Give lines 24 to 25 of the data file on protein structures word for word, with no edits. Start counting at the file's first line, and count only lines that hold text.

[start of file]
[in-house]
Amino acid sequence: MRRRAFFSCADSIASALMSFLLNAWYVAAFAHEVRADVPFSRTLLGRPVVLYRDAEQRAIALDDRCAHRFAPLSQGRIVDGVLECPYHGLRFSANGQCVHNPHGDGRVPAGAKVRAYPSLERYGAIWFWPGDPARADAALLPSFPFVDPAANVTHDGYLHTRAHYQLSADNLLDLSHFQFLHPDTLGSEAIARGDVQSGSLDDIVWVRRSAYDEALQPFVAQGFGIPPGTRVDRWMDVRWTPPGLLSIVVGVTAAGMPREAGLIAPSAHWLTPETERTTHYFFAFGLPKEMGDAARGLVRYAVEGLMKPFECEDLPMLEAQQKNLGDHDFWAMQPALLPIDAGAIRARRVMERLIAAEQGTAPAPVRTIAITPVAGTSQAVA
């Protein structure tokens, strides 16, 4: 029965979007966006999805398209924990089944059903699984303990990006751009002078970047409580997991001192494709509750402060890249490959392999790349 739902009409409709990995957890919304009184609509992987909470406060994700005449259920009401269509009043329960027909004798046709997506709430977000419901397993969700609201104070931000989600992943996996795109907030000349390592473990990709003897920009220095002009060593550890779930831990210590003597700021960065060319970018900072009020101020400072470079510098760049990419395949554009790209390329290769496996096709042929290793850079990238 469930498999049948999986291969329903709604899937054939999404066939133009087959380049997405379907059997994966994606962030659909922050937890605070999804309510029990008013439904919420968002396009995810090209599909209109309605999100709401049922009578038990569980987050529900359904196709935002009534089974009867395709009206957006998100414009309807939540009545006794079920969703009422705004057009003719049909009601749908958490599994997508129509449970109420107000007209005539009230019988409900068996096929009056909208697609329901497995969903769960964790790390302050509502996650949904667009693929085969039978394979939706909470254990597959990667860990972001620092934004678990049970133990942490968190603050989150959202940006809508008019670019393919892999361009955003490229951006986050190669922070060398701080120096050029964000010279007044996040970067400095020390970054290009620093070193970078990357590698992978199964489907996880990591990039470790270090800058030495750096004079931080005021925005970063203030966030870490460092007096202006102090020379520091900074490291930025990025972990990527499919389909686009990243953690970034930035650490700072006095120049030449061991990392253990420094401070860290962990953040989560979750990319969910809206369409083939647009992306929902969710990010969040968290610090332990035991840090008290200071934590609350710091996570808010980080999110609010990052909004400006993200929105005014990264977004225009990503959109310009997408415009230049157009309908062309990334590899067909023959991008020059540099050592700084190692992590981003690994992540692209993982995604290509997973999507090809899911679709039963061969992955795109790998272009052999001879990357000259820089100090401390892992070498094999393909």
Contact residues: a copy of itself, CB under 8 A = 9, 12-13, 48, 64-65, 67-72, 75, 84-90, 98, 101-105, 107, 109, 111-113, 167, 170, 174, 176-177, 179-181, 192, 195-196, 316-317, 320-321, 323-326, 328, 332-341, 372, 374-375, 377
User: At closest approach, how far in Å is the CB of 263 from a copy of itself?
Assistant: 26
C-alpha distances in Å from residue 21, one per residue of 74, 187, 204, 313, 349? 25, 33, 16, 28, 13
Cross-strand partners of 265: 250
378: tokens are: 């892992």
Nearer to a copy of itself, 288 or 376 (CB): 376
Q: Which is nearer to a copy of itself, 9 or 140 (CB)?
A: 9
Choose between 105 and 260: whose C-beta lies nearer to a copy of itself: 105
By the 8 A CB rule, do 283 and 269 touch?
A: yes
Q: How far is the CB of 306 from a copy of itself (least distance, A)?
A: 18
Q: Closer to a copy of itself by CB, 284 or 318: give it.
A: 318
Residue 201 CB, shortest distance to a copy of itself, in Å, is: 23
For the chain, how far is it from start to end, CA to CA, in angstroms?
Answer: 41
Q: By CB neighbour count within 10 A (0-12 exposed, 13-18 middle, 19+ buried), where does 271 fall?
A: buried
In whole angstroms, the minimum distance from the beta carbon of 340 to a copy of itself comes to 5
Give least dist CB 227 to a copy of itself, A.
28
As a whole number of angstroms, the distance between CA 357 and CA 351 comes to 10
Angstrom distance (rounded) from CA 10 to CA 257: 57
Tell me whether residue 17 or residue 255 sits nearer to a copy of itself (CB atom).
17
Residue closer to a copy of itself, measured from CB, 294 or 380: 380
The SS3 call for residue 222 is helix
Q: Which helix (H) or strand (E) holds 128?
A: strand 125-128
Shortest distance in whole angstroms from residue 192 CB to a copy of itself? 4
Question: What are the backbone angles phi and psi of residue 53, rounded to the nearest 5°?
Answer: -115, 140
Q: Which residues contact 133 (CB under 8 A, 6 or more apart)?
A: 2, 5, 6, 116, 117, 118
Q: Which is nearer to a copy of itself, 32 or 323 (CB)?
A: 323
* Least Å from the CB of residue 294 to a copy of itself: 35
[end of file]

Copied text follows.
A: buried
In whole angstroms, the minimum distance from the beta carbon of 340 to a copy of itself comes to 5